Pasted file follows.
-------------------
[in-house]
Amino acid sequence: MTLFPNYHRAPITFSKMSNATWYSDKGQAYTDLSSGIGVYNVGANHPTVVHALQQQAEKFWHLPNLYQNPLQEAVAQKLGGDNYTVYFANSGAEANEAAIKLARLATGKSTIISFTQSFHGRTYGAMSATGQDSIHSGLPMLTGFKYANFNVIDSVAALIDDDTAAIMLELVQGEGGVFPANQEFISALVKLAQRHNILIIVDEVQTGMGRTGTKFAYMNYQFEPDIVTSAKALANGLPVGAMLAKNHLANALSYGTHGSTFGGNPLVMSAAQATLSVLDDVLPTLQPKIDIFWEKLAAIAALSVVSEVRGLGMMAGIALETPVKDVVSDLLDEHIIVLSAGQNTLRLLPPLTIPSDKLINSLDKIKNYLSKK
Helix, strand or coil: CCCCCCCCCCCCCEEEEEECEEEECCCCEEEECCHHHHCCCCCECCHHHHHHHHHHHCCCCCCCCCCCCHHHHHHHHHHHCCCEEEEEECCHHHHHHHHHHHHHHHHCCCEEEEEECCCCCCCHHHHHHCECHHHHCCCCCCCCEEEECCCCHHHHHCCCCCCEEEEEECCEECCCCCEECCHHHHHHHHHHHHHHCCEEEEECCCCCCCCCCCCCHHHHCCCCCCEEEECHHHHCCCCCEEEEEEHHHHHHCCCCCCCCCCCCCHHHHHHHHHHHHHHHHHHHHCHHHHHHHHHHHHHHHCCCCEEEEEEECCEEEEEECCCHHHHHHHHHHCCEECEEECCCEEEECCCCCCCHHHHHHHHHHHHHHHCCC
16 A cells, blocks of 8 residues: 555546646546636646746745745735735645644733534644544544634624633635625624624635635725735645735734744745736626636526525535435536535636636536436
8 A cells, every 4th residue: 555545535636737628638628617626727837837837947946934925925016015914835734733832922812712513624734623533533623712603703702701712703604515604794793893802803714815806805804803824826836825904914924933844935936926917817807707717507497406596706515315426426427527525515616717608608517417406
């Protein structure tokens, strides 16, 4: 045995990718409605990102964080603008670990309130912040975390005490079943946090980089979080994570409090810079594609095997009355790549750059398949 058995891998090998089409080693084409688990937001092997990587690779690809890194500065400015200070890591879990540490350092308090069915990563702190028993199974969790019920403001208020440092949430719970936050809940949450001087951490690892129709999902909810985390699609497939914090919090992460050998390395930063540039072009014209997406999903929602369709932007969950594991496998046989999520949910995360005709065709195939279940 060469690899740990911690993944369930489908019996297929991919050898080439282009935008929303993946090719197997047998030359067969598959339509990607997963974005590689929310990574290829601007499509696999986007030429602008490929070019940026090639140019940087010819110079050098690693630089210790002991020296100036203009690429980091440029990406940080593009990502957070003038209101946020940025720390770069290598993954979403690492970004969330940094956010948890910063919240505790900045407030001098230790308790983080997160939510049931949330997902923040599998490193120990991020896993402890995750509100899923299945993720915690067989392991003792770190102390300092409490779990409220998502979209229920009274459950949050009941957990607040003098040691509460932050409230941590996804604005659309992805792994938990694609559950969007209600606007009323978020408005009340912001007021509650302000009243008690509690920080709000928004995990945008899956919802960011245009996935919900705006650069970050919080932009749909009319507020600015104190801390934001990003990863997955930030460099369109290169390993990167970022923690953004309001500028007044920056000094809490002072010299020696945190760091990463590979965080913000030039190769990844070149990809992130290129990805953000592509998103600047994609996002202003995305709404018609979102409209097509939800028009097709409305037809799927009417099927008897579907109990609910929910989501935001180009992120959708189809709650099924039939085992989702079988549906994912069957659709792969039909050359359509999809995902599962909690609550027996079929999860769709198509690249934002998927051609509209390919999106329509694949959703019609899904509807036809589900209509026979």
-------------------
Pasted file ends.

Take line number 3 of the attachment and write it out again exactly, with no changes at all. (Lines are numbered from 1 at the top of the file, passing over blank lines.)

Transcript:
Helix, strand or coil: CCCCCCCCCCCCCEEEEEECEEEECCCCEEEECCHHHHCCCCCECCHHHHHHHHHHHCCCCCCCCCCCCHHHHHHHHHHHCCCEEEEEECCHHHHHHHHHHHHHHHHCCCEEEEEECCCCCCCHHHHHHCECHHHHCCCCCCCCEEEECCCCHHHHHCCCCCCEEEEEECCEECCCCCEECCHHHHHHHHHHHHHHCCEEEEECCCCCCCCCCCCCHHHHCCCCCCEEEECHHHHCCCCCEEEEEEHHHHHHCCCCCCCCCCCCCHHHHHHHHHHHHHHHHHHHHCHHHHHHHHHHHHHHHCCCCEEEEEEECCEEEEEECCCHHHHHHHHHHCCEECEEECCCEEEECCCCCCCHHHHHHHHHHHHHHHCCC